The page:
Is there a labor shortage? What the May jobs report tells us

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Is there a labor shortage? What the May jobs report tells us


A help wanted sign is displayed outside of a business before Memorial Day near the boardwalk in Wildwood, New Jersey.

Spencer Platt | Getty Images News | Getty Images

The weaker-than-expected April jobs report fueled speculation of U.S. labor shortages and led some state officials to declare an early end to enhanced unemployment benefits.  

Yet forecasters hoping for clarity from the May tally may be left scratching their heads.

It’s hard to draw conclusions about sustained weakness or labor supply issues from the data published Friday, according to economists. The May report offers something of a mixed bag and somewhat contradictory data points, they said.

“It’s a Rorschach test,” according to Nick Bunker, an economist at job site Indeed. “It’s a bunch of ink on a piece of paper, and everyone is seeing different images.”

May jobs report

For example, there’s the headline number: The U.S. economy added 559,000 people to payrolls in May.

On one hand, some observers may use the data point to suggest workers aren’t rejoining the labor force as quickly as one might expect.

The jobs figure was below economists’ estimate of 671,000. At that pace, it would take more than a year to regain all the jobs lost since February 2020.

On the other hand, job growth accelerated in May — new payrolls doubled from April. And the last few recessions were characterized by long job recoveries, economists said.

May’s job gains are also roughly equivalent to the average over the past three months — suggesting they were in line with what expectations should perhaps have been, Bunker said.

“I think it’s a story of expectation versus reality,” he said. “What’s a good pace of growth is sort of in the eye of the beholder.”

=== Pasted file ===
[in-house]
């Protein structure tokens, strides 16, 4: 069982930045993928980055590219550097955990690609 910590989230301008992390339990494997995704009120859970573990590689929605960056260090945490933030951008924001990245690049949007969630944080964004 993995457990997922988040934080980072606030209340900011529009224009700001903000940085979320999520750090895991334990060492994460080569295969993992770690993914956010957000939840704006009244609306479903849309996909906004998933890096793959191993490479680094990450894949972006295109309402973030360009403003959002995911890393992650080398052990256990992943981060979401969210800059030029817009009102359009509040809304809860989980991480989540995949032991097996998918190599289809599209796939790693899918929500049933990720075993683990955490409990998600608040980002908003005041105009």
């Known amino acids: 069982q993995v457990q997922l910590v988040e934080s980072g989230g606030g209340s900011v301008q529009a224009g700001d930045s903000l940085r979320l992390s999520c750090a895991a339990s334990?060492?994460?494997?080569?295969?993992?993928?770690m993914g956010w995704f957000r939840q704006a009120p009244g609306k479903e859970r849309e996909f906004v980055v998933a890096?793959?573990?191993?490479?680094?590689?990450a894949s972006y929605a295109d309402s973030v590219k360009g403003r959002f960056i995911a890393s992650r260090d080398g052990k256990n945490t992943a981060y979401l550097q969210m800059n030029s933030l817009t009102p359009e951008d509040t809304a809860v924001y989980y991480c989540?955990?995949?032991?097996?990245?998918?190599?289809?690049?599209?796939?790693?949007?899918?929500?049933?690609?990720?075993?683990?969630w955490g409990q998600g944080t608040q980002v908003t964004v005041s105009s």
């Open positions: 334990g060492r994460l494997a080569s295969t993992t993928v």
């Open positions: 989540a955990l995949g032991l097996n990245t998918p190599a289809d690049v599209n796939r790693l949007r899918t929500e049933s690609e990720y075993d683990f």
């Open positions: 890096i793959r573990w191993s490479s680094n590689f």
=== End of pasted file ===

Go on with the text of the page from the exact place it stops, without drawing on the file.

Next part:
Labor force participation

Rising wages

Perhaps the most pronounced evidence of a labor shortage in the May jobs report is wage growth, especially in the labor and hospitality sector, according to Daniel Zhao, a senior economist at Glassdoor, a job and recruiting site.

Rising wages suggest businesses struggling to hire may be paying more to attract workers.

Unfortunately, the [May] report isn’t going to end this debate about labor shortages. Both sides have ammo to use to bolster their arguments.

Daniel Zhao

senior economist at Glassdoor

Hourly pay jumped nearly 9% over the past year, to $15.87, for nonmanagerial workers in the sector, which includes restaurants, hotels and bars, for example. (Earnings grew by $0.19 an hour from April.)

That growth is significant since leisure and hospitality seems to be where hiring challenges are being most widely reported, Zhao said.

However, the bump may not be solely — or even mostly — attributable to businesses raising pay.

Critics of the labor-shortage argument point to other data points, such as average hours worked remaining relatively flat. (Businesses tend to boost hours for existing workers if they can’t onboard other staff.)

“Unfortunately, the [May] report isn’t going to end this debate about labor shortages,” Zhao said. “Both sides have ammo to use to bolster their arguments.”

What’s causing supply constraints?

To the extent that there are labor shortages, hiring challenges are likely to be temporary, according to economists.

Twenty-five states are ending enhanced federal unemployment benefits earlier than their official Sept. 6 expiration to try to encourage reentry to the labor force.

The earliest that the states, all led by Republican governors, are doing so is June 12.

“The most vocal source of speculation [for labor shortages] is that the supplement to weekly unemployment benefits is enticing a lot of people to stay home,” said Erica Groshen, a labor economist at Cornell University and a former commissioner of the Bureau of Labor Statistics during the Obama administration. “I think that’s far too simplistic.”



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